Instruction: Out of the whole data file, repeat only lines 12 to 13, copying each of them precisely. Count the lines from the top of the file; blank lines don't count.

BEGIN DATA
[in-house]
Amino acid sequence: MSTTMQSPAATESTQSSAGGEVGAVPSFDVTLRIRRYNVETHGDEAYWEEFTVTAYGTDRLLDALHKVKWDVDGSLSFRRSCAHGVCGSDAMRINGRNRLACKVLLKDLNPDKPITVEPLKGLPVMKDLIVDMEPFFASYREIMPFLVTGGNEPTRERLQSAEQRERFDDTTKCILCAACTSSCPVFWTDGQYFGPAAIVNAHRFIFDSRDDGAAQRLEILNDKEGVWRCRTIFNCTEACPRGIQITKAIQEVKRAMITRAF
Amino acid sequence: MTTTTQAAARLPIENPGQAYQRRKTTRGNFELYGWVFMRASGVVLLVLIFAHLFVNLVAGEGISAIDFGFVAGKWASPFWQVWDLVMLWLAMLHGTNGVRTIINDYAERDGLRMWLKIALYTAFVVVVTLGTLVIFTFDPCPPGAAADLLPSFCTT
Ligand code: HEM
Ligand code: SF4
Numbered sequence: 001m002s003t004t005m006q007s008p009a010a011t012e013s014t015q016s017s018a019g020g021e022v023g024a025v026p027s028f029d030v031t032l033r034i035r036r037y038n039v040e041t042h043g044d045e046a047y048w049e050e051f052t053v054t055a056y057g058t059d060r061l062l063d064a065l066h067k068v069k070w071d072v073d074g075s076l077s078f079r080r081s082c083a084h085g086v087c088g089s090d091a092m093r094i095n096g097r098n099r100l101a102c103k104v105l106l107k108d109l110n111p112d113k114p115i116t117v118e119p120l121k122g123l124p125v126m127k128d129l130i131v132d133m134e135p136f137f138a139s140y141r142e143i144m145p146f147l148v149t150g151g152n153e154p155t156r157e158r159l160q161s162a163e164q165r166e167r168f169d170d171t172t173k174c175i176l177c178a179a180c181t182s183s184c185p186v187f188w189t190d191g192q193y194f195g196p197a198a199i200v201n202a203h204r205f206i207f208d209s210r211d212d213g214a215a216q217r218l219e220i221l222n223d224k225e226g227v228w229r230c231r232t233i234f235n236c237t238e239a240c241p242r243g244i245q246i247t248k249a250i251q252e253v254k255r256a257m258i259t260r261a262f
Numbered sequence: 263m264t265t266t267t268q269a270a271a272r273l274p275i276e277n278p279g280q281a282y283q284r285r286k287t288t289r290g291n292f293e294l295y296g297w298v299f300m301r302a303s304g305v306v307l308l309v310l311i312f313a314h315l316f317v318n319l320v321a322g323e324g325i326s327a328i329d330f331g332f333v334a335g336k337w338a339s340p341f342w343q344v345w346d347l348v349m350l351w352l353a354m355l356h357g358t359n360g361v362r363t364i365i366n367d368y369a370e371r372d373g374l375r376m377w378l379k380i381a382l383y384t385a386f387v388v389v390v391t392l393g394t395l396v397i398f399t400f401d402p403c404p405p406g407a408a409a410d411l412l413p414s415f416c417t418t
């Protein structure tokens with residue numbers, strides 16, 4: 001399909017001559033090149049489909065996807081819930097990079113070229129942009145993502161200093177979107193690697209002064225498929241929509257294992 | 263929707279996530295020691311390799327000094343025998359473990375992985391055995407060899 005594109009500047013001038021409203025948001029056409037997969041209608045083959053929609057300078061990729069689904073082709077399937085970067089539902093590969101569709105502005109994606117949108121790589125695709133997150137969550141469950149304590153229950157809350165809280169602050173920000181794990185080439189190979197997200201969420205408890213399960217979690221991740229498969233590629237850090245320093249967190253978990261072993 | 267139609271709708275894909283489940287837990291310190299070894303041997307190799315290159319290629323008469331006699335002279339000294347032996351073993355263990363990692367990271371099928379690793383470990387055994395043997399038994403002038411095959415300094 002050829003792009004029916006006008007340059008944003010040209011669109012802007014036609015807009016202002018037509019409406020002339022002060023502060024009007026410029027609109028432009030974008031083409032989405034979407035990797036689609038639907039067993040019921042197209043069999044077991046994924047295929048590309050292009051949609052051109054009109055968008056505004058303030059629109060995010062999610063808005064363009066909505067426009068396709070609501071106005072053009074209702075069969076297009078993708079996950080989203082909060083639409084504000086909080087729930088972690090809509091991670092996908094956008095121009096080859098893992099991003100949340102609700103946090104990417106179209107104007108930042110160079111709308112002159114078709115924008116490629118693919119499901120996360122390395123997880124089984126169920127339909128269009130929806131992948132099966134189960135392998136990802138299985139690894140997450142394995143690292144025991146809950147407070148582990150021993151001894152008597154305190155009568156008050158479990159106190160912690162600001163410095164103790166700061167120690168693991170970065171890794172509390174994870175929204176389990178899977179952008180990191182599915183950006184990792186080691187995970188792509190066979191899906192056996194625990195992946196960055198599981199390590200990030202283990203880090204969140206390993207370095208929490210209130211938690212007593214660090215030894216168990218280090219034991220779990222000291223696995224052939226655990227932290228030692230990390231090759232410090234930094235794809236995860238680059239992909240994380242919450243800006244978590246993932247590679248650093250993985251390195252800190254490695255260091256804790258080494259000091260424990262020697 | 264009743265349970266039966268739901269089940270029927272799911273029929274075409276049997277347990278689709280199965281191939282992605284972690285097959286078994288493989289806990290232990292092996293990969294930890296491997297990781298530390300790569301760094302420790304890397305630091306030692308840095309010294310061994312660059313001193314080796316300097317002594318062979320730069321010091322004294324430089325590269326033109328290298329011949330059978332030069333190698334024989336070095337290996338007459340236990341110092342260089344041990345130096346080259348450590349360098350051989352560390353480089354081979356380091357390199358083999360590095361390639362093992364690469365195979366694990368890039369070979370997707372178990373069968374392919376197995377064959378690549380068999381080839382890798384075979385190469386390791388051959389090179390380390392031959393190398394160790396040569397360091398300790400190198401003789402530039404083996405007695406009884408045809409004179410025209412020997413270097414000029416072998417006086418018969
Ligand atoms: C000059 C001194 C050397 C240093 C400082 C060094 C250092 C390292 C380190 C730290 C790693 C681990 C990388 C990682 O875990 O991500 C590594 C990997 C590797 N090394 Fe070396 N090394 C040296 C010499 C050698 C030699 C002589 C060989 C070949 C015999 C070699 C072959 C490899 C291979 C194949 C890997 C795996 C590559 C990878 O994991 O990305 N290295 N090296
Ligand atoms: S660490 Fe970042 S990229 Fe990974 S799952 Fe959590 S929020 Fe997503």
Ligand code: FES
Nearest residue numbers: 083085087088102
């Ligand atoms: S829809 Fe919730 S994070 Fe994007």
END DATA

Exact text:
Nearest residue numbers: 083085087088102
């Ligand atoms: S829809 Fe919730 S994070 Fe994007």